Yardi: Reshoring Trend Will Reshape Industrial Real Estate

Recent events have led U.S. firms to produce more goods domestically, which will likely “reshape” the domestic industrial sector, according to Yardi Matrix, Santa Barbara, Calif.

“In recent years, U.S. manufacturers have become well acquainted with the risks involved in making goods abroad,” Yardi said in its Industrial Rent, Occupancy and Supply report. “Not only did the pandemic stress supply chains but other risks posed by U.S. tensions with China over Taiwan, the war in Ukraine and climate change all can jeopardize a firm’s operations. Consequently, many businesses are exploring reshoring production of goods to the U.S.”

The report noted the semiconductor industry has already started the process, which will encourage more U.S. manufacturing because semiconductors are critical components of countless products. “The CHIPS Act passed by Congress and signed into law by President Biden this summer will allocate $53 billion in funding to support domestic semiconductor manufacturing,” Yardi said. “Beyond chip manufacture, the Biden administration has committed billions to increase domestic supply-chain resiliency, and the Inflation Reduction Act incentivizes stateside production of renewable energy products, further boosting the long-term outlook of U.S. manufacturing.”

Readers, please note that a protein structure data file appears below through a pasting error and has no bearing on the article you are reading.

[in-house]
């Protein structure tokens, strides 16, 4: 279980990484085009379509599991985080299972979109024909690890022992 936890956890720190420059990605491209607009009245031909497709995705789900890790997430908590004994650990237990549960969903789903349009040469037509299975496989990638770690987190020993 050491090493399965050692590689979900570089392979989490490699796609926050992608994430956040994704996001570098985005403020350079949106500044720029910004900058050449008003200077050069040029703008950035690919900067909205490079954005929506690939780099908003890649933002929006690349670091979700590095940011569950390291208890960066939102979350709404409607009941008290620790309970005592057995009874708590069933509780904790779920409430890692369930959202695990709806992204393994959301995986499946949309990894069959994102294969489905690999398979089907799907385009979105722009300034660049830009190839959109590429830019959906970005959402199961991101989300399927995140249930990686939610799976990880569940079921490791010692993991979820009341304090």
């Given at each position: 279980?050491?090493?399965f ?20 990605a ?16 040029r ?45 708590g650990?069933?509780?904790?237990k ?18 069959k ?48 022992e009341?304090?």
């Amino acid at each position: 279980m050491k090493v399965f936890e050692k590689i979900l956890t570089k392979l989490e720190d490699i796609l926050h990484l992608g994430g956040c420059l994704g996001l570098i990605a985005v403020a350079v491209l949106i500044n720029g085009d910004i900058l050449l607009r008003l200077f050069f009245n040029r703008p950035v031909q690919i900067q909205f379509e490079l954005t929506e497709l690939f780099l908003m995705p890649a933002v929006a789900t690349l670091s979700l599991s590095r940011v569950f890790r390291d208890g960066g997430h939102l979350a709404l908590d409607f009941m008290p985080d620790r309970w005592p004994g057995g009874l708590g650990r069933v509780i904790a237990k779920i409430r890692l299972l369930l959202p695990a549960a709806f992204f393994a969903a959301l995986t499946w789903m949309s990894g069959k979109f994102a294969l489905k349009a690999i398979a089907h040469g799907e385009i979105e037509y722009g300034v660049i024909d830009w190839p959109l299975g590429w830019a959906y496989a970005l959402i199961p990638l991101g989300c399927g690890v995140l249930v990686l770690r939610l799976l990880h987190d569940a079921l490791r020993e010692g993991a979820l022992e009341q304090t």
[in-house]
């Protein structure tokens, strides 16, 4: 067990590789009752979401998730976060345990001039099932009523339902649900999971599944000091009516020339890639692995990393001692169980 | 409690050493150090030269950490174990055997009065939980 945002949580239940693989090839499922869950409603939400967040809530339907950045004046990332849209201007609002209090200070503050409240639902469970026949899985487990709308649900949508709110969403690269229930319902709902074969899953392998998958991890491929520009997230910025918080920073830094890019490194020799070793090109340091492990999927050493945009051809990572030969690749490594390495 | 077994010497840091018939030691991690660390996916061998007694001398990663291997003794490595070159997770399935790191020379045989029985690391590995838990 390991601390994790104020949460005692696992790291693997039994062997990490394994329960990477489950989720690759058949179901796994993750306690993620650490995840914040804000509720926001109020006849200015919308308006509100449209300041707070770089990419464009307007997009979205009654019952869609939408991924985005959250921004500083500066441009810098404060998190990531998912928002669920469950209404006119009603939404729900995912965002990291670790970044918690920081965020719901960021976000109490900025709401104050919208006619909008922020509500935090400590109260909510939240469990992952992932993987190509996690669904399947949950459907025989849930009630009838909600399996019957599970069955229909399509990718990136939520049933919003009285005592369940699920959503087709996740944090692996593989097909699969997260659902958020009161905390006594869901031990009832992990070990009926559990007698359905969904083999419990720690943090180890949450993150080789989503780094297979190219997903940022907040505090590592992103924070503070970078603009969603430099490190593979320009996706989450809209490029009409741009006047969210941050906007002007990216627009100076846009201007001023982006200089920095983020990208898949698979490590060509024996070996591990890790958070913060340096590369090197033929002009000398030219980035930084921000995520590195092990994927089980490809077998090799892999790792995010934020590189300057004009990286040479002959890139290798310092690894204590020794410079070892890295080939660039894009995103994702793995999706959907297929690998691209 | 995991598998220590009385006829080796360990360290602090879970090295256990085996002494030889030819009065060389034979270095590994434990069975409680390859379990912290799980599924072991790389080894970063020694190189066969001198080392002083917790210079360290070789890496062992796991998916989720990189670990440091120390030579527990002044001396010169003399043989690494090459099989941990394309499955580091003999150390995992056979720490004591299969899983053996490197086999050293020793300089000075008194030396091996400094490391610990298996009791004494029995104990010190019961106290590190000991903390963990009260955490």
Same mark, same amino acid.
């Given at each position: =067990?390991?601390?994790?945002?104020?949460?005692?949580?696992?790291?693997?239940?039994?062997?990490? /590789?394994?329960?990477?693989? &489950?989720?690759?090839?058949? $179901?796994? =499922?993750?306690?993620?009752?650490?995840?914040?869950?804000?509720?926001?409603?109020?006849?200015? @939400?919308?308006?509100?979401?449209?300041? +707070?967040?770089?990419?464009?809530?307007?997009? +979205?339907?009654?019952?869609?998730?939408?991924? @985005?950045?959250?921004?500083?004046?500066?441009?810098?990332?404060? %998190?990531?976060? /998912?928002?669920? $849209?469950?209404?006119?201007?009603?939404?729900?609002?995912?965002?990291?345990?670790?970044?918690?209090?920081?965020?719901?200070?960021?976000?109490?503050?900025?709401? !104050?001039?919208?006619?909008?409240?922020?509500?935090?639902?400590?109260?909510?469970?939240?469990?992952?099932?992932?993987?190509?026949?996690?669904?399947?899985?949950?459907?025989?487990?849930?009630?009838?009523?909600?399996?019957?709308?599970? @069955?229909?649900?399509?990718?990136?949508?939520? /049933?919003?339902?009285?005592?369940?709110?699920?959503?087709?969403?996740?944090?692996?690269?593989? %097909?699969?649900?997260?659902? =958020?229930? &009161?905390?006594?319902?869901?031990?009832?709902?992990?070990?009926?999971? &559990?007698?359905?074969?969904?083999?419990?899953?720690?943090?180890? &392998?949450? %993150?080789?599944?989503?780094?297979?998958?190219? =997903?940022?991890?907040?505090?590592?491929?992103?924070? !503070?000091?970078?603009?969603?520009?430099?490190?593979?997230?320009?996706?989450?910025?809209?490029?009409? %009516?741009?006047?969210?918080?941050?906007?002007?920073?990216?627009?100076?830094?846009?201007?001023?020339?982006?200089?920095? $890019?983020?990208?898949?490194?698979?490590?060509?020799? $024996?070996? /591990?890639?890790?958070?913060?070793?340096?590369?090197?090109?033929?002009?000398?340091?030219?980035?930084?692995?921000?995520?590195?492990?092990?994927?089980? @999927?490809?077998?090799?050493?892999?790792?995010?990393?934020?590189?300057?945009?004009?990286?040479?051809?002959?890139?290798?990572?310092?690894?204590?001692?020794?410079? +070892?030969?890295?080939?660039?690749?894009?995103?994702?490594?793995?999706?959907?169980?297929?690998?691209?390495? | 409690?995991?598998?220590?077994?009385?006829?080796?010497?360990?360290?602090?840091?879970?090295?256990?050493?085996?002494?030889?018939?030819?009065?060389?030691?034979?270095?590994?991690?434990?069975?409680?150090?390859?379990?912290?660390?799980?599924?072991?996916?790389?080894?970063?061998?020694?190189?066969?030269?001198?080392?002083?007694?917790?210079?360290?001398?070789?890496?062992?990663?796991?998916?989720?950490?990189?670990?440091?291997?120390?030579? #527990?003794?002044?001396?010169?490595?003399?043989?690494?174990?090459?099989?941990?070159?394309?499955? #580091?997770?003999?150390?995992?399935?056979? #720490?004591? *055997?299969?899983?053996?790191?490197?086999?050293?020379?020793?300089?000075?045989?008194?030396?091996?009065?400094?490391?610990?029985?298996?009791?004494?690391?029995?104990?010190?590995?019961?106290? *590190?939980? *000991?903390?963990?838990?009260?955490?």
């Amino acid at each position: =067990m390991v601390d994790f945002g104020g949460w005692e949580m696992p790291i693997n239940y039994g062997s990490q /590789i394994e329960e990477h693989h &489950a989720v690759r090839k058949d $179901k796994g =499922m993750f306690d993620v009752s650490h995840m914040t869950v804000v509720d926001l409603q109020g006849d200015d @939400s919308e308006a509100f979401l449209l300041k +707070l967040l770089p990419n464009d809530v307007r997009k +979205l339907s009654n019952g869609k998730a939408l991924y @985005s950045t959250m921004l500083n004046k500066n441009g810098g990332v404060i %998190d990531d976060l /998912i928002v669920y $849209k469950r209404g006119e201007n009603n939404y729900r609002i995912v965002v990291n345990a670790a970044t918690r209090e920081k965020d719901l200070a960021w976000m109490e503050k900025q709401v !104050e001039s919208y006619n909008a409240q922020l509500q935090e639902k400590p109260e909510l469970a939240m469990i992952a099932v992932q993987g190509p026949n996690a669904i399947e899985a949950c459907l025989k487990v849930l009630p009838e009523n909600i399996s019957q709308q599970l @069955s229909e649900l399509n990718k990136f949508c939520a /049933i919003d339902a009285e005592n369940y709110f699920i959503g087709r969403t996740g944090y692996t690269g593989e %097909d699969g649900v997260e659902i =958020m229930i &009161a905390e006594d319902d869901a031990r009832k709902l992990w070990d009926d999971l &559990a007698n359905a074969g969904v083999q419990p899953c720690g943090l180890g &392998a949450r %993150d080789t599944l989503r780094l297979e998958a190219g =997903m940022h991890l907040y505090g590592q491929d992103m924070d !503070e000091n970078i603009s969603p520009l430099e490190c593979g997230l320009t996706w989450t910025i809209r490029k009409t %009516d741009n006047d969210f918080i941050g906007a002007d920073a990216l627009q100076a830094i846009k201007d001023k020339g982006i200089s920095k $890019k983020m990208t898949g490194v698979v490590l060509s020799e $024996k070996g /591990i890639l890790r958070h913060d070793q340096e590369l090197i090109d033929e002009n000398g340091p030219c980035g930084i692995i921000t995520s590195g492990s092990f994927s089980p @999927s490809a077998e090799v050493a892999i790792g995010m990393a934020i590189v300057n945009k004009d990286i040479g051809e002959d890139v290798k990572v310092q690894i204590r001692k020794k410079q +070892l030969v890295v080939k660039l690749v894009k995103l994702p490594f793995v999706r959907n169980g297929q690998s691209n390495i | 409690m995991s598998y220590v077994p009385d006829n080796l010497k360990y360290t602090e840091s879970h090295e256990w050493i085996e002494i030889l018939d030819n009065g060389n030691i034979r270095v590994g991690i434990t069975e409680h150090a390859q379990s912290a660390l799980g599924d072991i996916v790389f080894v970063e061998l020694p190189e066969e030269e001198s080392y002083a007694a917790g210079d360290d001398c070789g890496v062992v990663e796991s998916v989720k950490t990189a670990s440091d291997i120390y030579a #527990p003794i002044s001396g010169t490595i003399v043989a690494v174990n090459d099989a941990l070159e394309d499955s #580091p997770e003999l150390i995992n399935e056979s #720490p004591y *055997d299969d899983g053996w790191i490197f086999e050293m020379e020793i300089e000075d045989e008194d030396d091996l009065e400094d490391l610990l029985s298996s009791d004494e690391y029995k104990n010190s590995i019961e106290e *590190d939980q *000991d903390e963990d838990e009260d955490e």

But manufacturers that bring their production back to the U.S. will face a unique set of challenges, the report said. “Not only will they need industrial space to manufacture goods but logistics and distribution facilities, as well. With a national vacancy rate of just 4.1%, space may be hard to come by.”

In addition, the current tight labor market means site selection will depend on labor pools as well as infrastructure. “American labor costs are also much higher than in places where manufacturing has been offshored, meaning firms will explore automation solutions and likely increase costs for their products to strike a balance,” Yardi said. “Production and supply chains are complex systems that take years to reshape; reshoring is not a ‘quick fix’ for firms struggling in the current global economy. We expect that reshoring will continue during this decade, albeit at a slow pace, and be a driver of industrial real estate demand for years to come.”

The report said national in-place rents for industrial space averaged $6.64 per foot in August, up 5.5% over the last 12 months. Rents grew the most in port markets, where record activity and supply-chain bottlenecks are driving demand. California’s Inland Empire, Boston, Los Angeles and New Jersey all saw 7-plus percent year-over-year rent growth.